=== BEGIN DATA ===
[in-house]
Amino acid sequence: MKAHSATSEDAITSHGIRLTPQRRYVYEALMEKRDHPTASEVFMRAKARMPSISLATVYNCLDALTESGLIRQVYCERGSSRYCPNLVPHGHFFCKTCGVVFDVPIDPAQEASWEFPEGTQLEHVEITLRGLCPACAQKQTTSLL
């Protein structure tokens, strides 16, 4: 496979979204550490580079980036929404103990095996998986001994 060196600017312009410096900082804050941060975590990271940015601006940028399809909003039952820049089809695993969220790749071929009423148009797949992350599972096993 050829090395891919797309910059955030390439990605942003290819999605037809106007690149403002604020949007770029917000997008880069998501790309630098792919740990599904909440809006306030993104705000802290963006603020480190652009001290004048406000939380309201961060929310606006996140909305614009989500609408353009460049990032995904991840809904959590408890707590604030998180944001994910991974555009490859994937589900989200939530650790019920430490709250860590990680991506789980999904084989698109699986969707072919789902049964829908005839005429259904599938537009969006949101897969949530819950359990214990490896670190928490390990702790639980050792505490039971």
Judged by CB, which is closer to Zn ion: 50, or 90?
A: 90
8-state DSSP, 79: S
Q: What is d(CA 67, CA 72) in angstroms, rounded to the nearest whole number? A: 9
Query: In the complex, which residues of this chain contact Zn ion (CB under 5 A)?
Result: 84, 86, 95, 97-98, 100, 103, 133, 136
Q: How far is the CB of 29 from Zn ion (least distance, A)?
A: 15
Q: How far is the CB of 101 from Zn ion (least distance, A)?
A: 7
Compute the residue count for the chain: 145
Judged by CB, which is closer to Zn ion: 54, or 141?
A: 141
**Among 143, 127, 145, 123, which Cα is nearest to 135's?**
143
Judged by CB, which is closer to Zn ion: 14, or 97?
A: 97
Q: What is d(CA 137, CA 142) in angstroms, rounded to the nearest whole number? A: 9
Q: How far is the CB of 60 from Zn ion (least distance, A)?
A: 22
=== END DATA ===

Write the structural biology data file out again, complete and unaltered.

[in-house]
Amino acid sequence: MKAHSATSEDAITSHGIRLTPQRRYVYEALMEKRDHPTASEVFMRAKARMPSISLATVYNCLDALTESGLIRQVYCERGSSRYCPNLVPHGHFFCKTCGVVFDVPIDPAQEASWEFPEGTQLEHVEITLRGLCPACAQKQTTSLL
């Protein structure tokens, strides 16, 4: 496979979204550490580079980036929404103990095996998986001994 060196600017312009410096900082804050941060975590990271940015601006940028399809909003039952820049089809695993969220790749071929009423148009797949992350599972096993 050829090395891919797309910059955030390439990605942003290819999605037809106007690149403002604020949007770029917000997008880069998501790309630098792919740990599904909440809006306030993104705000802290963006603020480190652009001290004048406000939380309201961060929310606006996140909305614009989500609408353009460049990032995904991840809904959590408890707590604030998180944001994910991974555009490859994937589900989200939530650790019920430490709250860590990680991506789980999904084989698109699986969707072919789902049964829908005839005429259904599938537009969006949101897969949530819950359990214990490896670190928490390990702790639980050792505490039971």
Judged by CB, which is closer to Zn ion: 50, or 90?
A: 90
8-state DSSP, 79: S
Q: What is d(CA 67, CA 72) in angstroms, rounded to the nearest whole number? A: 9
Query: In the complex, which residues of this chain contact Zn ion (CB under 5 A)?
Result: 84, 86, 95, 97-98, 100, 103, 133, 136
Q: How far is the CB of 29 from Zn ion (least distance, A)?
A: 15
Q: How far is the CB of 101 from Zn ion (least distance, A)?
A: 7
Compute the residue count for the chain: 145
Judged by CB, which is closer to Zn ion: 54, or 141?
A: 141
**Among 143, 127, 145, 123, which Cα is nearest to 135's?**
143
Judged by CB, which is closer to Zn ion: 14, or 97?
A: 97
Q: What is d(CA 137, CA 142) in angstroms, rounded to the nearest whole number? A: 9
Q: How far is the CB of 60 from Zn ion (least distance, A)?
A: 22